CBC/Radio Canada will axe at least 657 employees over the next two years, reduce regional programming and dramatically scale back its sports coverage as it tries to stay out of the red.
The jobs will be eliminated as part of $130 million in cuts needed to balance the 2014-15 budget and reshape the broadcaster’s future, CBC President Hubert Lacroix told employees Thursday.
They amount to about 8 per cent of the CBC’s workforce, which currently includes 6,994 permanent employees, 859 contract employees and 329 temporary staff.
Fans of the public broadcaster reacted to the news with anger and dismay.
“That’s a really big reduction in the capacity of the public broadcaster,” said Ian Morrison, the spokesperson of lobby group Friends of Canadian Broadcasting.
While CBC critics point to the taxpayer-funded broadcaster’s low viewership in certain markets and question its relevance in a country with numerous private alternatives, Morrison said the CBC has a crucial role to play as a national institution delivering homegrown content.
“A public broadcaster makes programs for citizens. A private broadcaster is delivering audiences to advertisers,” Morrison said.
For example, Murdoch Mysteries routinely draws more than a million viewers. But, like much of CBC’s prime-time lineup, many of those viewers are not in the sought-after 25- to 54-year-old demographic — one of the reasons the CBC is struggling to attract advertising dollars.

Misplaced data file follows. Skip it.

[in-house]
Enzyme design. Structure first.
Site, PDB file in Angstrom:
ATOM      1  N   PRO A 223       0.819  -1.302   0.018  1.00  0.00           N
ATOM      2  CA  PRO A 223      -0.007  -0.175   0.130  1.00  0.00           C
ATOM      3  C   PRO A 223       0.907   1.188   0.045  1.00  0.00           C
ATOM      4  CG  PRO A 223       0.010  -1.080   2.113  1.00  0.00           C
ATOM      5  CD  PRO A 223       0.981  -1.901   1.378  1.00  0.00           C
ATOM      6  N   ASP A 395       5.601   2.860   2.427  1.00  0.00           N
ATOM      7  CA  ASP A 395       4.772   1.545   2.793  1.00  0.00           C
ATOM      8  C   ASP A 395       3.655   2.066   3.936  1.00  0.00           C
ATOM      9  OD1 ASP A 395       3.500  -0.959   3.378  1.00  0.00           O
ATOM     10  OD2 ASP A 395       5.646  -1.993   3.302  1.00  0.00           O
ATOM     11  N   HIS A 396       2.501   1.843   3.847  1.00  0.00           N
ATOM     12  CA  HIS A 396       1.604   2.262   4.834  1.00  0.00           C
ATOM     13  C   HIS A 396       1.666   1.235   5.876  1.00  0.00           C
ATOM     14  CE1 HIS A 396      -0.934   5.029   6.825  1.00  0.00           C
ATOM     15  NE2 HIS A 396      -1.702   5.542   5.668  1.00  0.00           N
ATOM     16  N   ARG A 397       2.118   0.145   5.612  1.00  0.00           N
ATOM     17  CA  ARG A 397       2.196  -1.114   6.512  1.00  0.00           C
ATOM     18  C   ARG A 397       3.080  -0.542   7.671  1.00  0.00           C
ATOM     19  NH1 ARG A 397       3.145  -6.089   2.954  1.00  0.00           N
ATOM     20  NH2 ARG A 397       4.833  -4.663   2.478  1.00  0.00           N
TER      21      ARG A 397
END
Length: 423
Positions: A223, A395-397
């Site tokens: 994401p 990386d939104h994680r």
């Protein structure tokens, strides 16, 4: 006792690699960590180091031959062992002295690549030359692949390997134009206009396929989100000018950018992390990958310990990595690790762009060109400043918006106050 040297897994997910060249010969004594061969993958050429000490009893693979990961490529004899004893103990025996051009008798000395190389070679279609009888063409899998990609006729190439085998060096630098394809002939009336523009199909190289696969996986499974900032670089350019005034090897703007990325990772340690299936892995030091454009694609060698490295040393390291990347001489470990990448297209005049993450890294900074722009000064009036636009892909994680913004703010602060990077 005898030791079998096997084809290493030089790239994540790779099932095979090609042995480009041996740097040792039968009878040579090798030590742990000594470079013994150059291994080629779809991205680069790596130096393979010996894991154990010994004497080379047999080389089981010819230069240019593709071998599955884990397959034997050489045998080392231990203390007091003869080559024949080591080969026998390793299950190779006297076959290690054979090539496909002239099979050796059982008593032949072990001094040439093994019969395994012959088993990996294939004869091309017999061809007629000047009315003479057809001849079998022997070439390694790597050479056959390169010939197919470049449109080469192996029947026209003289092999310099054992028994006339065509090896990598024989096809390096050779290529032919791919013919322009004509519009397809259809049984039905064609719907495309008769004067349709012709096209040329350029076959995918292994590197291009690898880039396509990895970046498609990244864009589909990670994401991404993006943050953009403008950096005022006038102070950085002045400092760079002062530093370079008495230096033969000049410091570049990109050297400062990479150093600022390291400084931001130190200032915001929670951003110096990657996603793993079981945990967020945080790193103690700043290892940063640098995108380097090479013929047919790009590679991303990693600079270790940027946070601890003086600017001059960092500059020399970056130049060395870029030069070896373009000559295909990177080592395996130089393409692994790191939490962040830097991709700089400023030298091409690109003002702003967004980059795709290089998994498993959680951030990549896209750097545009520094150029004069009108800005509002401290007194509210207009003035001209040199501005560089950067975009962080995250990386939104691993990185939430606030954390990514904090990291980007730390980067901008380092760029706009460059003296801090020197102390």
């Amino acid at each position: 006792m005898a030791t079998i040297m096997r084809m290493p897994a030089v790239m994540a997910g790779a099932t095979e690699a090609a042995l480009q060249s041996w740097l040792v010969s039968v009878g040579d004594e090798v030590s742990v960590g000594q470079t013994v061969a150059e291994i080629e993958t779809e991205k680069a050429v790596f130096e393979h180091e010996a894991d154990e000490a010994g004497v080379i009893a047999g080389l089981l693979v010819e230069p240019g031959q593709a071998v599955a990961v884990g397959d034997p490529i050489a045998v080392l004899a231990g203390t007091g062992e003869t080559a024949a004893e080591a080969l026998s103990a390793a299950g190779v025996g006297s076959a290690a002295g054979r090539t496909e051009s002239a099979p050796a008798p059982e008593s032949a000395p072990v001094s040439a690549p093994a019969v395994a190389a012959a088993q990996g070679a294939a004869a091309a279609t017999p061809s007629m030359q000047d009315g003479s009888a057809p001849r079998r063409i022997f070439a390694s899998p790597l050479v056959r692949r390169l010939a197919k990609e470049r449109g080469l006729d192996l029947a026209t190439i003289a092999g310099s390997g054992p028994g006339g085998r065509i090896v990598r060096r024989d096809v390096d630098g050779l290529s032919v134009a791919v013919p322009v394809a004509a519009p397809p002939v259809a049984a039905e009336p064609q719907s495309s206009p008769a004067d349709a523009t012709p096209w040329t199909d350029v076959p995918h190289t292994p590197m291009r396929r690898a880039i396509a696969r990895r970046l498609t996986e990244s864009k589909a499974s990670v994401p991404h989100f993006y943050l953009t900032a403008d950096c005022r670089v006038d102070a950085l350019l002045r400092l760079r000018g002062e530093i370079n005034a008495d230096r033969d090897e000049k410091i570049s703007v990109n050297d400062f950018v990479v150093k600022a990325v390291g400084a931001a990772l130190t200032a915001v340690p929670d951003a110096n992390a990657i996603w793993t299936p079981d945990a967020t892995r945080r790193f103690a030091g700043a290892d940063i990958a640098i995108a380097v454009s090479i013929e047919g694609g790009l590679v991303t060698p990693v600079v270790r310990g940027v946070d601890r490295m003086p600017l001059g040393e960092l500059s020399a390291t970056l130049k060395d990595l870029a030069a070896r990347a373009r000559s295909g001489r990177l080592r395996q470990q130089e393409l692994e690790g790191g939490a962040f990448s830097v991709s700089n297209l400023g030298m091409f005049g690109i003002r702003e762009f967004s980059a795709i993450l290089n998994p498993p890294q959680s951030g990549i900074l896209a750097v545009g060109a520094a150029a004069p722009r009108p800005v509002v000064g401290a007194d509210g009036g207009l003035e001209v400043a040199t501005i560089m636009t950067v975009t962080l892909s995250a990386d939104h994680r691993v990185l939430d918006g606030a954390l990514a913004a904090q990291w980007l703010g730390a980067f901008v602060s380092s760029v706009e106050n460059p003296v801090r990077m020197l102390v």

Lacroix also blamed the fiscal shortfall on the loss of flagship sports program Hockey Night in Canada, the failure of new commercials on Radio 2 and Espace Musique to meet revenue targets, and higher fixed costs.
At the same time, CBC is absorbing the full brunt of a $115-million funding cut introduced in the 2012 federal budget.
To stay afloat, CBC will dramatically scale back its sports coverage, devoting fewer resources to amateur sports and no longer bidding for the rights to broadcast professional sports like the NHL.
The axe is also falling on jobs in the CBC’s news, music, technology, sales and marketing departments.
The broadcaster will lose the equivalent of 334 full-time jobs in English services, with 234 of those coming from Toronto and Montreal.
In the CBC’s newsrooms, 115 English positions are being eliminated, and another 12 in the radio and music department.
The broadcaster’s news programs have struggled to compete with Canada’s private networks. CTV’s Evening News at 6 p.m. draws 1.7 million viewers nationally, handily beating the CBC’s 6 p.m. national news coverage, which attracts fewer than 500,000.
The layoffs will only exacerbate the problem, according to the union which represents CBC journalists.
“You get cut, cut, cut, cut, and there’s little ways to do anything new or innovative or interesting because you’re so cut down. The corporation is able to put out programming, but no one knows what it could have been,” said Lise Lareau, the vice-president of the Canadian Media Guild.
What it won’t be is big-budget reality television.
Heather Conway, the CBC’s executive vice-president of English services, said the network is scrapping expensive reality shows such as Battle of the Blades in favour of cheaper fare.